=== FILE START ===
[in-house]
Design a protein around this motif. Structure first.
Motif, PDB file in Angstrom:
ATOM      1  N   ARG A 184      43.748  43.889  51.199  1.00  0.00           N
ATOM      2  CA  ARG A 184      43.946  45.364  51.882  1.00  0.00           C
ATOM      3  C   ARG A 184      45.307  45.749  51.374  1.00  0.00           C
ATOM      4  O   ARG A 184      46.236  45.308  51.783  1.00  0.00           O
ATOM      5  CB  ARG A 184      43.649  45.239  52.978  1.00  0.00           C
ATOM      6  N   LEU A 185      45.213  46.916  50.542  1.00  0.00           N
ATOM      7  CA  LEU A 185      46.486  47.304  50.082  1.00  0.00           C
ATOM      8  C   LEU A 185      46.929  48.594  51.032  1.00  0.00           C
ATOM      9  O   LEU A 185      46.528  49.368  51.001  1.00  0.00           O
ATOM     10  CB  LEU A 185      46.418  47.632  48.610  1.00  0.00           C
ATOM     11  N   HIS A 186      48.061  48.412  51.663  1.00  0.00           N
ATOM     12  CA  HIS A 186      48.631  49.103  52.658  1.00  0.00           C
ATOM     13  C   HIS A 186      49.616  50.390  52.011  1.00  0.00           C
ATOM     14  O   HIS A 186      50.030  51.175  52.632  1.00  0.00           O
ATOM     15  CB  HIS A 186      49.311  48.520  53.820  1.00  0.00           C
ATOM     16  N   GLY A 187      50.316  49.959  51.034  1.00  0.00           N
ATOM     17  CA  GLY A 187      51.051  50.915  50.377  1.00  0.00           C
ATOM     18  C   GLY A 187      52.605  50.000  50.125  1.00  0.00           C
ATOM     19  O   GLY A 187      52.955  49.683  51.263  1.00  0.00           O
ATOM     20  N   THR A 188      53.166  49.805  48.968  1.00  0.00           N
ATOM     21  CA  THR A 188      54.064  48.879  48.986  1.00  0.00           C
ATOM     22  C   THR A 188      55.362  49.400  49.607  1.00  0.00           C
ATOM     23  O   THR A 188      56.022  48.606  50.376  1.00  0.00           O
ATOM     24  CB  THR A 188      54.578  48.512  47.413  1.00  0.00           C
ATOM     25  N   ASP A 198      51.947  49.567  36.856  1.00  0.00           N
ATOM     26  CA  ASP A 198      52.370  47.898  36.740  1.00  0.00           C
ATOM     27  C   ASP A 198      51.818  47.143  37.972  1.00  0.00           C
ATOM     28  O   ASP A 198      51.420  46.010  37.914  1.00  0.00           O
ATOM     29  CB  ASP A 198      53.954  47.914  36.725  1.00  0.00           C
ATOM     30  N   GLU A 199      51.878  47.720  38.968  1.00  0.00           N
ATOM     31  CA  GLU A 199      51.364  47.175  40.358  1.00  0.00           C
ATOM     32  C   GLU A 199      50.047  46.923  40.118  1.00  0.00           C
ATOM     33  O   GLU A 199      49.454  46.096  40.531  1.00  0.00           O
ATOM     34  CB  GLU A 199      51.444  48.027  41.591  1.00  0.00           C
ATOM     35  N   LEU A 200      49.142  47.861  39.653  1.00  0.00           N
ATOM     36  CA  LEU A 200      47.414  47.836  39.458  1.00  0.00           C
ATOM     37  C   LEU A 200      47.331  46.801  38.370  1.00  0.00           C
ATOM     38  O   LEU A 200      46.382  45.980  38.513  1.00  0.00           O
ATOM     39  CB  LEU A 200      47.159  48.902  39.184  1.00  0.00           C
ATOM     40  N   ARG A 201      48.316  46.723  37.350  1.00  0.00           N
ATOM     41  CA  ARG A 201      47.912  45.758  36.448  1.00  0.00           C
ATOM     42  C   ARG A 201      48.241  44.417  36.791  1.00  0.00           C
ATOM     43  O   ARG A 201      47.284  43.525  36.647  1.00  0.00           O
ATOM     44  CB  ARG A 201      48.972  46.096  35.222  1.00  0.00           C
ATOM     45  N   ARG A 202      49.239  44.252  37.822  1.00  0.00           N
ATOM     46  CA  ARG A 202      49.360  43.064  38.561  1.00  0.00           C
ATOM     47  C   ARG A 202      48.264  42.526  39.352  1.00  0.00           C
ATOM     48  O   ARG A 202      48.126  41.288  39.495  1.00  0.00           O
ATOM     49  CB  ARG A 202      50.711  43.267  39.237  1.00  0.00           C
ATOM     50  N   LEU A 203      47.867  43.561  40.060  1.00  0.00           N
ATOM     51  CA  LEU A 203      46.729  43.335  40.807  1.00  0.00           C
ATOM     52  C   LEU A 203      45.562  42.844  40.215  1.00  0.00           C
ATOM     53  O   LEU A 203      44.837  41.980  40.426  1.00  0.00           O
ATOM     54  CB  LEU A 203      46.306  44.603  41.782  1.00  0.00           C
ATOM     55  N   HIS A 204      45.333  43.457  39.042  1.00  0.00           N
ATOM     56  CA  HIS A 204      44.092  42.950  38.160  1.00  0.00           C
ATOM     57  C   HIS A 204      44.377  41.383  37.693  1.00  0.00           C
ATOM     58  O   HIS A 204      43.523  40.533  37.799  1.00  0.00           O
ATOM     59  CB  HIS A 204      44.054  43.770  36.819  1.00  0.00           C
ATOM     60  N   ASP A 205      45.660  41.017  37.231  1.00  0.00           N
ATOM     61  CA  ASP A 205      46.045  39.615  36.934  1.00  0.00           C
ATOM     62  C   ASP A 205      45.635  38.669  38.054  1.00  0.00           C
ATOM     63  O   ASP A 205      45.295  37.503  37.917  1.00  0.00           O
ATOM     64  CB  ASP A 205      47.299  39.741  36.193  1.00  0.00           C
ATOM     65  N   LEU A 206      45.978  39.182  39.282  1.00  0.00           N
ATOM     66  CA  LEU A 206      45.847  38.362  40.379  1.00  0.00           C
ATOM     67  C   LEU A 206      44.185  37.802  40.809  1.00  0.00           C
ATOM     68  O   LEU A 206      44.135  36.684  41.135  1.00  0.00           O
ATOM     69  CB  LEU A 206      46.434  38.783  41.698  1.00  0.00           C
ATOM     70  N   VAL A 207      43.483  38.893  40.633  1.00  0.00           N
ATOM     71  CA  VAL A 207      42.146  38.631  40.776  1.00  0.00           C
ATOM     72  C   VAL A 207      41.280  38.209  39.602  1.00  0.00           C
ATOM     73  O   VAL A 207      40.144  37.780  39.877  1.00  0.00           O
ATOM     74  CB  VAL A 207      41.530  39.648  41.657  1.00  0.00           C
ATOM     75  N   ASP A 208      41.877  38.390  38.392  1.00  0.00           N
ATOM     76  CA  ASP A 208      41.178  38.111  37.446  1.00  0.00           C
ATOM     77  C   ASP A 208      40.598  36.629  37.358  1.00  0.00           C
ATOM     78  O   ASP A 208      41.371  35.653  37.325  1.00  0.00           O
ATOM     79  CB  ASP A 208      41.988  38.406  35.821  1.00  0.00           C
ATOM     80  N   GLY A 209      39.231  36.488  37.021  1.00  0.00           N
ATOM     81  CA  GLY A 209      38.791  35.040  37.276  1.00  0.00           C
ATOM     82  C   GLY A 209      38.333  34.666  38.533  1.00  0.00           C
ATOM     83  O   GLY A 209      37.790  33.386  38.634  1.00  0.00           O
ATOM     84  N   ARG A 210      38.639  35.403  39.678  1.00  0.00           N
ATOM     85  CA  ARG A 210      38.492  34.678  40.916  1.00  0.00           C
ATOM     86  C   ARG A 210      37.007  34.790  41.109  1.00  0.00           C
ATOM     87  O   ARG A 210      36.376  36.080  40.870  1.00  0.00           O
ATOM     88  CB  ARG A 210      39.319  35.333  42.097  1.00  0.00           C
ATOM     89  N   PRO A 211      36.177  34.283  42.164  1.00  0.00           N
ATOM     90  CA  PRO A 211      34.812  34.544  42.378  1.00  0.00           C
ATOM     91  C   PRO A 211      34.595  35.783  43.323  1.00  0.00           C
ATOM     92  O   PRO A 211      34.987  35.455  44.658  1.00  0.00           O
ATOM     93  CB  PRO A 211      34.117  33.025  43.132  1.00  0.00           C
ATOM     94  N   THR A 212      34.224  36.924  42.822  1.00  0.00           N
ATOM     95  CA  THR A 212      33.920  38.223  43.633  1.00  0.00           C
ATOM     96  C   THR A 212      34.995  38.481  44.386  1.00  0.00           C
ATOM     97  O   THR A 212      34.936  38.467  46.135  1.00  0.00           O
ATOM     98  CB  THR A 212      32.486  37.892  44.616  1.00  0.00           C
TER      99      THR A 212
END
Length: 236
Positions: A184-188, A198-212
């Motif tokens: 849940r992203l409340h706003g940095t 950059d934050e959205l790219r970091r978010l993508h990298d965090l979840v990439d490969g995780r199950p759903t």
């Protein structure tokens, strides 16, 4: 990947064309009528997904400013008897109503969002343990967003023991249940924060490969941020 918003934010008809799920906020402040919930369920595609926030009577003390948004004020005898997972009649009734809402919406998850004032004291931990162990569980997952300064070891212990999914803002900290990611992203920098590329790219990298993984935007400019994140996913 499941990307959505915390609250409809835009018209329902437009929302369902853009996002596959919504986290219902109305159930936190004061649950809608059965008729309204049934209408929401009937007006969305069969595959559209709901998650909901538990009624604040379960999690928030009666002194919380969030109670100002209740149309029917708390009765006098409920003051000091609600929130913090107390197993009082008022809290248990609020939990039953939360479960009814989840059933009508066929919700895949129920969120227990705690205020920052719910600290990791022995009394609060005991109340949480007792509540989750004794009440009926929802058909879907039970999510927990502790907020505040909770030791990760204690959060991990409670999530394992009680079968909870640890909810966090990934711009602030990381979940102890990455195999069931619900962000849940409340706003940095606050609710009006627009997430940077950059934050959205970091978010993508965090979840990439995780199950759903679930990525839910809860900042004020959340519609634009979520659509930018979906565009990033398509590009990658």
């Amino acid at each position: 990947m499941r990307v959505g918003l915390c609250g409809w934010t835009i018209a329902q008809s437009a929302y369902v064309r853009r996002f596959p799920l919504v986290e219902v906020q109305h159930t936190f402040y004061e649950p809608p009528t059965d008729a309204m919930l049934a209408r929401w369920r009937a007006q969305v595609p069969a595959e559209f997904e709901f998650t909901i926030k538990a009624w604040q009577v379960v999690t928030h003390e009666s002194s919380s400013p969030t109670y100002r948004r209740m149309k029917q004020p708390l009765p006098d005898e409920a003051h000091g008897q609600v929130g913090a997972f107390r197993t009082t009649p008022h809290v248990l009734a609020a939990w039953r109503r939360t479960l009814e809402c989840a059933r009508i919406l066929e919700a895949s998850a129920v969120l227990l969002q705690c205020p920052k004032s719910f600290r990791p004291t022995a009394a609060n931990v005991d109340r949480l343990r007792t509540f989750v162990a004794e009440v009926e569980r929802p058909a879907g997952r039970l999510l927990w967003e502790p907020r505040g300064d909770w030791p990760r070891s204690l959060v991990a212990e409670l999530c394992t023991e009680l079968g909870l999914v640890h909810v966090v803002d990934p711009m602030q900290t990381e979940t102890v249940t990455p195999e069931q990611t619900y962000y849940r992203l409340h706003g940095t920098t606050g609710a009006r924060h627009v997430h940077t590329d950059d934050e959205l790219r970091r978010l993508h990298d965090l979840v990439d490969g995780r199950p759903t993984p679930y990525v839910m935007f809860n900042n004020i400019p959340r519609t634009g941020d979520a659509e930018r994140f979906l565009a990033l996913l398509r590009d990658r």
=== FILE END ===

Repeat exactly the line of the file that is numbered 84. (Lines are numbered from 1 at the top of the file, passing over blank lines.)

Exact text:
ATOM     81  CA  GLY A 209      38.791  35.040  37.276  1.00  0.00           C